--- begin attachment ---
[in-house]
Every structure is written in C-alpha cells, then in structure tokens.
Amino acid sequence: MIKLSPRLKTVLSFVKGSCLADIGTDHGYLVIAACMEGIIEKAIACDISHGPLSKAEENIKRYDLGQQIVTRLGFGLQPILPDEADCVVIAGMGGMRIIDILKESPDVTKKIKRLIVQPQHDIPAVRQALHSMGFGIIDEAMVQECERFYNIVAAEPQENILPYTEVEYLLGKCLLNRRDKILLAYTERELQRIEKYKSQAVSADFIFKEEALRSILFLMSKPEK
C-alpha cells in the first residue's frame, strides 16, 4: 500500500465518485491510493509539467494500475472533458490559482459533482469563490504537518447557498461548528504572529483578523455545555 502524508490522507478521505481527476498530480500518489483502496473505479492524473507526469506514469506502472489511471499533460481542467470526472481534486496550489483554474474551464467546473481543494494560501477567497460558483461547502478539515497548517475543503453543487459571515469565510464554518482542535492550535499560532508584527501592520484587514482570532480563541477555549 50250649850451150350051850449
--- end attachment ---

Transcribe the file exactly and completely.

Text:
[in-house]
Every structure is written in C-alpha cells, then in structure tokens.
Amino acid sequence: MIKLSPRLKTVLSFVKGSCLADIGTDHGYLVIAACMEGIIEKAIACDISHGPLSKAEENIKRYDLGQQIVTRLGFGLQPILPDEADCVVIAGMGGMRIIDILKESPDVTKKIKRLIVQPQHDIPAVRQALHSMGFGIIDEAMVQECERFYNIVAAEPQENILPYTEVEYLLGKCLLNRRDKILLAYTERELQRIEKYKSQAVSADFIFKEEALRSILFLMSKPEK
C-alpha cells in the first residue's frame, strides 16, 4: 500500500465518485491510493509539467494500475472533458490559482459533482469563490504537518447557498461548528504572529483578523455545555 502524508490522507478521505481527476498530480500518489483502496473505479492524473507526469506514469506502472489511471499533460481542467470526472481534486496550489483554474474551464467546473481543494494560501477567497460558483461547502478539515497548517475543503453543487459571515469565510464554518482542535492550535499560532508584527501592520484587514482570532480563541477555549 50250649850451150350051850449